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Thread: Ponding on new flat roof

  1. #1
    DIY Junior Member yds's Avatar
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    Default Ponding on new flat roof

    We have a small 6X16 flat roof off our new third floor addition. Soon we will be building a deck over it. The roof was recently refinished (old roof taken up, new plywood layed, and covered with 2-ply modified bitumen roofing) when we added the third floor. Since it has been finished, each time we get a rain, I get ponding on the roof over an area about 2X6, against the support beam of the new addition. The pond has a depth of about 1/2 inch, and will dry up generally over a half week or so of no rain. My contractor is trying to tell me this is ok. I'm not so sure, especially since we will be building a deck on top of it, and therefore will have little access to roof in case of needed repairs. BTW, I live in Toronto so we get plenty of freezing temps over winter.

    Looking for advice on whether I should worry about this, or not.

  2. #2
    In the trades Dana's Avatar
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    I'd worry about it (it's hard not to!) The shading provided by the deck will protect the roofing somewhat, but no roofing is forever, and freeze/thaw on a wet roof takes it's toll over time.

    The ideal would have been to add a bit of tapered EPS foam insulation above the roof deck before the roofing went down to provide both drainage and a thermal break over the framing elements, reducing the mold & ice-dam hazard while increasing the energy efficiency. (Dead-flat roofs are a LOUSY idea for residential construction except in arid zones.) Torch-down roofs over EPS foam are common in commercial construction. Tapered EPS is pretty standard too (but can be custom ordered to almost any taper.) Nailer-decks can be applied over the EPS by through-screwing the nailer deck to the structural deck if it needs a bit more substance. Some vendors sell EPS or iso panel products with nailer-deck pre-lamninated onto the insulation.

  3. #3
    Moderator & Master Plumber hj's Avatar
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    You SHOULD NOT have a FLAT roof. Most codes would insist on at least a slight slope, along with cant strips, so you do not get ponding. Water standing on a roof is ALWAYS detrimental and will cause premature failure.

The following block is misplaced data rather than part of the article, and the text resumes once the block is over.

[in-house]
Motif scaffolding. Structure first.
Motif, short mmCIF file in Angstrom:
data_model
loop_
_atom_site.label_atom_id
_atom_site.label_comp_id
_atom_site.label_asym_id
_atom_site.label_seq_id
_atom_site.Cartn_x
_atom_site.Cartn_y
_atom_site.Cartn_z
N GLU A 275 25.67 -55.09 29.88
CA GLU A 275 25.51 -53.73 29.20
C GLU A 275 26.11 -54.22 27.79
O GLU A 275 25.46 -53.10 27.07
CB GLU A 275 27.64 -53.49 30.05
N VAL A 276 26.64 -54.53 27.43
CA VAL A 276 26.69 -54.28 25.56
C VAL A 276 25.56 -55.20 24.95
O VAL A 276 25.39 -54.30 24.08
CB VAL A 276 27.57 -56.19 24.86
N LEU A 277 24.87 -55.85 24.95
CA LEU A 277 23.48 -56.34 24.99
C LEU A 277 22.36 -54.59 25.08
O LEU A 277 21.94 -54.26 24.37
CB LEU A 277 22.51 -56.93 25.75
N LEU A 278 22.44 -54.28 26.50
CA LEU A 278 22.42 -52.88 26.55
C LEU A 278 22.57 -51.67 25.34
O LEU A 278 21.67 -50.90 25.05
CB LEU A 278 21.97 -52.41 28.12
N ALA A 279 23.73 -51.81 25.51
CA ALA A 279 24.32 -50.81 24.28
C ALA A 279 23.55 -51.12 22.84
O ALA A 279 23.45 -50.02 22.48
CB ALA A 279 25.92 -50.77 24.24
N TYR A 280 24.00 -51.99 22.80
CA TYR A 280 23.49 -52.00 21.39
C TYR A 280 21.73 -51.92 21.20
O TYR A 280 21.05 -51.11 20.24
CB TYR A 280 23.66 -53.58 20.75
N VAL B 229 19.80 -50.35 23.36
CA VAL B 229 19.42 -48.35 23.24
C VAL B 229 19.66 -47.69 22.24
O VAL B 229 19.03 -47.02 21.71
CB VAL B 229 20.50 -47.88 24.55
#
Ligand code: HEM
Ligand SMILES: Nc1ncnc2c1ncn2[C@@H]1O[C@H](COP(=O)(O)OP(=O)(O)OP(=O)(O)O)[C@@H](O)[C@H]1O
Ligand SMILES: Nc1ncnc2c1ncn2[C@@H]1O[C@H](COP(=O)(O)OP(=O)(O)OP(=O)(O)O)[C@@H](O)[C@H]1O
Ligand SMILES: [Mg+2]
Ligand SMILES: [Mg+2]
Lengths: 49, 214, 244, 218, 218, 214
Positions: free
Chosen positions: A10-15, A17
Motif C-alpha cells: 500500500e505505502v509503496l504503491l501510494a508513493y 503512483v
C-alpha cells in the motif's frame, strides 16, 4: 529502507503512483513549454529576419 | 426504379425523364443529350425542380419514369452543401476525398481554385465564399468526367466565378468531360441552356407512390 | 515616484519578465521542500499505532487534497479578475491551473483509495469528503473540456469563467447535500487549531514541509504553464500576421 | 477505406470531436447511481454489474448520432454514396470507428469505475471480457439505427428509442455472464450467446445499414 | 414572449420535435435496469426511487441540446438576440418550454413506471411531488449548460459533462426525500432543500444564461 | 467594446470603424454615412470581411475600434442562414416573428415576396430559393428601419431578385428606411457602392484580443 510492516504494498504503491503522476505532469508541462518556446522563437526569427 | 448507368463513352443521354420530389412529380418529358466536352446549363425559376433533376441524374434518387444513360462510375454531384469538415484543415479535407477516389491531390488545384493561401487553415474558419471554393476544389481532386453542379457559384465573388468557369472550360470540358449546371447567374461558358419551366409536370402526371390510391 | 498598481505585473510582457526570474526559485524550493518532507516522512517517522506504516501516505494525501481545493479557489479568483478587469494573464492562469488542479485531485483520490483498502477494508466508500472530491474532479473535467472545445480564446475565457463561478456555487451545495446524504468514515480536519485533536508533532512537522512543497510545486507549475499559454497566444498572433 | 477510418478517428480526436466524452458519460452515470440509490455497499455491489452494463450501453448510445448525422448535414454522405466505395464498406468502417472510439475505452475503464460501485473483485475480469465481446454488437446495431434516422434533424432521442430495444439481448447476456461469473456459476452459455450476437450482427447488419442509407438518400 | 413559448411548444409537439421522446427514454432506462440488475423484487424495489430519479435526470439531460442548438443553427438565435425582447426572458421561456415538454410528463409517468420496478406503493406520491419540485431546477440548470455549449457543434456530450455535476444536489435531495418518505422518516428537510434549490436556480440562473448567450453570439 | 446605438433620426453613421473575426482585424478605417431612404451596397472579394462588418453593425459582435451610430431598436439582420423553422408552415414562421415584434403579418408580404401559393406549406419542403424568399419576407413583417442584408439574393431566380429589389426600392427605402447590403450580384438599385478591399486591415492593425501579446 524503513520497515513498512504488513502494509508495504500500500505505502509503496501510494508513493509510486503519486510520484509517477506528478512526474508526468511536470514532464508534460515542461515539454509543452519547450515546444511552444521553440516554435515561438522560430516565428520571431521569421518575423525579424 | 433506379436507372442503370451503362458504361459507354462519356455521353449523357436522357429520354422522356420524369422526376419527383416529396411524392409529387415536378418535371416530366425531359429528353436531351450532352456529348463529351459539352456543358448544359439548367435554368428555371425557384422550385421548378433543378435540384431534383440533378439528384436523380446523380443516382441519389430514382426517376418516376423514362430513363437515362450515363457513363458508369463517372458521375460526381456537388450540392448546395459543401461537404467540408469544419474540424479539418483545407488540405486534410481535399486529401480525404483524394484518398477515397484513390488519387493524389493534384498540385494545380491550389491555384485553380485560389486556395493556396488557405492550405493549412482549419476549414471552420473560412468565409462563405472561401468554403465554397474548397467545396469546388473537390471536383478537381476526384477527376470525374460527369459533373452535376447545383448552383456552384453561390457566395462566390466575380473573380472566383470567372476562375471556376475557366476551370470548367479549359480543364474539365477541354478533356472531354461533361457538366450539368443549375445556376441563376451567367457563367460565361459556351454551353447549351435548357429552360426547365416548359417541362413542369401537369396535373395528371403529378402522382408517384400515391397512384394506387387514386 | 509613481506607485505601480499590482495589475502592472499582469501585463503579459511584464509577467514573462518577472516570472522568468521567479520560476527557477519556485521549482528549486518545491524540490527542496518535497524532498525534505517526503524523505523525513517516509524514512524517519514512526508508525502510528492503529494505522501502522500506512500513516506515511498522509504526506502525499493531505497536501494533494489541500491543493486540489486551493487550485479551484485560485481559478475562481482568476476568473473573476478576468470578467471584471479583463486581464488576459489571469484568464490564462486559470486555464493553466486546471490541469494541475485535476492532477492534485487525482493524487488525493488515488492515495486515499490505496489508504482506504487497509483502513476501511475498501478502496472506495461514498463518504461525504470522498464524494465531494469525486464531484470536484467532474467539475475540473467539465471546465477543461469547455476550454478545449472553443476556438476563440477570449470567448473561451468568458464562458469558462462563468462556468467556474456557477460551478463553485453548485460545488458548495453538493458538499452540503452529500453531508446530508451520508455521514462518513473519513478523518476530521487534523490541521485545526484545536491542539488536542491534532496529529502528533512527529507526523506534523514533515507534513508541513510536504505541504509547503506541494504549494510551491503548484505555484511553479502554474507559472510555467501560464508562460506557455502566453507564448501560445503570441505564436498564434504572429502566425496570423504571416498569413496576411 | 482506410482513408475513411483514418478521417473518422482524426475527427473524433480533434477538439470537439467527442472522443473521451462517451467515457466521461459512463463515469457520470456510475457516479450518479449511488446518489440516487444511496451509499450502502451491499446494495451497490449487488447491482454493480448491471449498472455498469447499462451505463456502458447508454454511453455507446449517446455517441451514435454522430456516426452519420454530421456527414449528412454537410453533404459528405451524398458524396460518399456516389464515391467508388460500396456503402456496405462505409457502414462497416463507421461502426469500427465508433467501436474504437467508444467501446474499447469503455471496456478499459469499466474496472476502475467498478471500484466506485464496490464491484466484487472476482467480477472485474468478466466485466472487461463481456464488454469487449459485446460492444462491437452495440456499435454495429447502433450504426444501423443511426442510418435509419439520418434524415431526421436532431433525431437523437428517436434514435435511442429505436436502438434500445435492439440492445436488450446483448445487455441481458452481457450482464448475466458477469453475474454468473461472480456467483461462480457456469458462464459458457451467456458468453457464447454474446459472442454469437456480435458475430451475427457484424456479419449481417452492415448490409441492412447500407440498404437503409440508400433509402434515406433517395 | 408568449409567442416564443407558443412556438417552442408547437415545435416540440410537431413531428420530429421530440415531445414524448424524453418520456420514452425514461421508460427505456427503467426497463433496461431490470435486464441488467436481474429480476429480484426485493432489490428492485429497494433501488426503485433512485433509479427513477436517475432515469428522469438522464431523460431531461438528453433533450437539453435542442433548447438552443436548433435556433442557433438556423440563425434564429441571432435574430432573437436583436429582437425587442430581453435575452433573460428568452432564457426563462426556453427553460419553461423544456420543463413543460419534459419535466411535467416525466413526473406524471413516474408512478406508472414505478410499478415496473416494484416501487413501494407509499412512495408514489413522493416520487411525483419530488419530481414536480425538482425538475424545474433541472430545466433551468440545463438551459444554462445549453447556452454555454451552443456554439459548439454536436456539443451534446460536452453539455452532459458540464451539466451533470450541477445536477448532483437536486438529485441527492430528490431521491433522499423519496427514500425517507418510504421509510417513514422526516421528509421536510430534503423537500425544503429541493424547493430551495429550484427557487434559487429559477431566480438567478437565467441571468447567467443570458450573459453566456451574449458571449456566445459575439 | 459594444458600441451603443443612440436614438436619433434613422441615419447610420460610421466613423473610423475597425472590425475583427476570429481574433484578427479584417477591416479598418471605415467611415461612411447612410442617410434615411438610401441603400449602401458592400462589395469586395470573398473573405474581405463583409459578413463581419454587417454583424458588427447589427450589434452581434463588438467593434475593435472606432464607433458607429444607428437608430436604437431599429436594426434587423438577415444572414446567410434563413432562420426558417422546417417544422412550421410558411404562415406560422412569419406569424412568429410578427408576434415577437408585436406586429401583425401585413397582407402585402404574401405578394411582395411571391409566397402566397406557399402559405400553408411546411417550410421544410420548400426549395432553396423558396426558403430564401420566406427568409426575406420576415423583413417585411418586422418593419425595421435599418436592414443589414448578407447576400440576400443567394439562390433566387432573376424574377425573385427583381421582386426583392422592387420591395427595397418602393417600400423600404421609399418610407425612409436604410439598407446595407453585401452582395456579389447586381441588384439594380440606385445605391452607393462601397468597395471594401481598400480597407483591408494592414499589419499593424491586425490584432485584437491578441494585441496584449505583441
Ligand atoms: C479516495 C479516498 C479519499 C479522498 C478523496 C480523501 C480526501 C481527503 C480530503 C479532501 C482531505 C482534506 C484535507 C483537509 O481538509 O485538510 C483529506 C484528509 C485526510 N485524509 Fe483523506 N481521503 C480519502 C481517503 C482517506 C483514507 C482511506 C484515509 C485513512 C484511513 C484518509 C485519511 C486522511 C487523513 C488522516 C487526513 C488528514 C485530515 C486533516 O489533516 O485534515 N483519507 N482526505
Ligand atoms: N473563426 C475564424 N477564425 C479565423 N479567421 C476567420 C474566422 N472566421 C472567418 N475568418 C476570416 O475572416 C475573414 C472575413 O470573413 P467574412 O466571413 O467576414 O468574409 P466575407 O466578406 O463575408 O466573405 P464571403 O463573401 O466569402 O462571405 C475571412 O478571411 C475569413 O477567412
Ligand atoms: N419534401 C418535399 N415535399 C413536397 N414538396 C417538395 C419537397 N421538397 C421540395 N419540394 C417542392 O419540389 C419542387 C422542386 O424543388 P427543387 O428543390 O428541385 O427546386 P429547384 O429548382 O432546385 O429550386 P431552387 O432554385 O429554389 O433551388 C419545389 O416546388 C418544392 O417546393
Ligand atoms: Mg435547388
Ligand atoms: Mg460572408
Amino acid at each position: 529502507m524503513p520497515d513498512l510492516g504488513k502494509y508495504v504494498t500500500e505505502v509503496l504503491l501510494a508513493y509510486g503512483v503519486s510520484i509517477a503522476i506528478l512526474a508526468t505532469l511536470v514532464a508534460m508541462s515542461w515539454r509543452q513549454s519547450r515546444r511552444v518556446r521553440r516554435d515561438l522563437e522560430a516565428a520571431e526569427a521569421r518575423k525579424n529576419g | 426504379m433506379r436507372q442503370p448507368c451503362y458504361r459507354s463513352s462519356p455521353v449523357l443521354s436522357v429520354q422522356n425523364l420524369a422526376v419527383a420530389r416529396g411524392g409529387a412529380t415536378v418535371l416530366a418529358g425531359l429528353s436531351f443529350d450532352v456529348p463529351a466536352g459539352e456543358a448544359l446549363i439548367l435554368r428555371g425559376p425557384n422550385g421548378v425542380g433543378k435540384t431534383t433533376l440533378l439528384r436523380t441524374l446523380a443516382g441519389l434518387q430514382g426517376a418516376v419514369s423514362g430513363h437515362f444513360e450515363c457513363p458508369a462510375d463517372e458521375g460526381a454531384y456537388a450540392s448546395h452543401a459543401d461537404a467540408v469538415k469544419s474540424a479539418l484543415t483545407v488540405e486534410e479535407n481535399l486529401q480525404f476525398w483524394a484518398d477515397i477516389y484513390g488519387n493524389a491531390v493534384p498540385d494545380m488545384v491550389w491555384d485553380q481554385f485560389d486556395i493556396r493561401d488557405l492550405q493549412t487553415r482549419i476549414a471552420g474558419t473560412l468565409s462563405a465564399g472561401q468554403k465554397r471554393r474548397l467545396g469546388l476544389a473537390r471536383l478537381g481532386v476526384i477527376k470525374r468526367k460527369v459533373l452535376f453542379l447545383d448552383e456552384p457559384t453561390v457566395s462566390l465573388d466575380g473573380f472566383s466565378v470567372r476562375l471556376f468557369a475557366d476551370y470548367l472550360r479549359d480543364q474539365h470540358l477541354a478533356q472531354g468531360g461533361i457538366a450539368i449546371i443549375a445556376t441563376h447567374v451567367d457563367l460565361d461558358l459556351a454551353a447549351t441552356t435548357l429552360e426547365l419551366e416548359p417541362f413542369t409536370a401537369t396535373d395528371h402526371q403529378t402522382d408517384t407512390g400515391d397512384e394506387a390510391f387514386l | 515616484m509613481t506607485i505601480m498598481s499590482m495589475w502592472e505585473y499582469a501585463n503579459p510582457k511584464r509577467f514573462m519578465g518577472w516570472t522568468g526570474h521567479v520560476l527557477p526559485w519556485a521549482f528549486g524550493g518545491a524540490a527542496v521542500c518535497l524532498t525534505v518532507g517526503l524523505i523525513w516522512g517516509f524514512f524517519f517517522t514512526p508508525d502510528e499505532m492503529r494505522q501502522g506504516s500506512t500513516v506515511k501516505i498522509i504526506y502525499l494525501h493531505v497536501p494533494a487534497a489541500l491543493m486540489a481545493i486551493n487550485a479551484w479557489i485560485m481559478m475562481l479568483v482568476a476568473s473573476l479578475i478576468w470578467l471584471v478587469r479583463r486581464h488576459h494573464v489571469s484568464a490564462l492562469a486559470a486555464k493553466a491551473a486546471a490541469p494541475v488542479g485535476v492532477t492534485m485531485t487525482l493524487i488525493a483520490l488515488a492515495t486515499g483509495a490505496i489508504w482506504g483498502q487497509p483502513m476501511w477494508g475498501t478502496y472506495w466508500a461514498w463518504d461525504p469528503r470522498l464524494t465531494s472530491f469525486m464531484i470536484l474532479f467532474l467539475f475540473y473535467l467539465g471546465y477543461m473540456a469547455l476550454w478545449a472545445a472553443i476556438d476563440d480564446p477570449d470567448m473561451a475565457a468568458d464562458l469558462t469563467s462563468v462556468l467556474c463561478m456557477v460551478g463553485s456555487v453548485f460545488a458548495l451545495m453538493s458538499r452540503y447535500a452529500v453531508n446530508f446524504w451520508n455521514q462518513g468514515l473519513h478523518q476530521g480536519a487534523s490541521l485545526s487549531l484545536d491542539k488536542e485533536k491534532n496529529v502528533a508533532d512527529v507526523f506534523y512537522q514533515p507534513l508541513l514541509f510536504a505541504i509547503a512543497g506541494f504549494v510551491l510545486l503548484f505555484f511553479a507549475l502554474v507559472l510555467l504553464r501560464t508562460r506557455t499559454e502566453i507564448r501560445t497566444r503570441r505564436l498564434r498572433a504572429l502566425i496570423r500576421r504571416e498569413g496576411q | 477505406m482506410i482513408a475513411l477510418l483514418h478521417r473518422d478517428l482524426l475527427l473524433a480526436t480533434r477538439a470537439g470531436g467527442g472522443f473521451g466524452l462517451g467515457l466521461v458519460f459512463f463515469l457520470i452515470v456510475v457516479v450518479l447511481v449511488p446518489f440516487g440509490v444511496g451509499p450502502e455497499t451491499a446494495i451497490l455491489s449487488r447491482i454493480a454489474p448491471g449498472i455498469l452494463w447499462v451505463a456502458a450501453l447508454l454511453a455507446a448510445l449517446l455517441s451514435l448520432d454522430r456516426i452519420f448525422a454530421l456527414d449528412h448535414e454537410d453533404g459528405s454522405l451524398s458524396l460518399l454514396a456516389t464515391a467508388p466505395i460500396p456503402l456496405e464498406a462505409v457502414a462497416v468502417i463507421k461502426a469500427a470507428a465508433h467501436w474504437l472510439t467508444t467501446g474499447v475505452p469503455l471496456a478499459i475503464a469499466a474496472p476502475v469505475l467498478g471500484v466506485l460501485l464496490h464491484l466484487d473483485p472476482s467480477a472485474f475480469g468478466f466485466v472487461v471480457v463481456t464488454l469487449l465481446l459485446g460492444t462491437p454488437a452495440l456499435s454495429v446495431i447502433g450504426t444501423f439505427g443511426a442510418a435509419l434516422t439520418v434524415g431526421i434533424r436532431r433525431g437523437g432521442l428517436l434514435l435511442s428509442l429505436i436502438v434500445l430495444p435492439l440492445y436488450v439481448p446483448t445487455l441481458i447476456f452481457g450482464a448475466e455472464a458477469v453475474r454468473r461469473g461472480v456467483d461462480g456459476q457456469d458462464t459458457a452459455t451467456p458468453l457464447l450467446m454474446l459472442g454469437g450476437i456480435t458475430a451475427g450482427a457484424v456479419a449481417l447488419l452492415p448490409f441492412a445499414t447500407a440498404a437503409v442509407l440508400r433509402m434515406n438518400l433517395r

4. #4
    In the trades Dana's Avatar
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    I'm thinking the solution here going forward is to build a sloped steel roof mounted on purlins under the deck when you build it, leaving sufficient vent gap to allow the bituminous roof to dry. It'll keep the bituminous roof mostly dry without having to rip it up and start over. Be sure to flash & seal properly at any penetrations of the steel roof before the deck goes over it. Even 3" of pitch over a 6' run will drain reasonably on steel roofing in anything but a gale wind, but 6" would be better.

  5. #5
    DIY Senior Member chefwong's Avatar
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    Ponding will occur on all flat roofs to a degree...there should be a slope regardless.
    If you put a ball on it, does the ball roll....with the slope ?


    Anything more than 2 days and not evaporating, AFAIK, will cause problems.

  6. #6
    Retired Defense Industry Engineer jadnashua's Avatar
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    A week is long enough to grow a new batch of mosquitoes...
    Jim DeBruycker
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    Retired Defense Industry Engineer; Schluter 2.5-day Workshop Completed 2013, 2014

  7. #7
    DIY Junior Member modbit's Avatar
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    Ponding water is not ok. I don't know why a contractor would tell you this is ok. If you have ponding water on your roof 48 hours after a rain, then you have a problem. Hopefully, you will address the problem, before needing major flat roof repairs.

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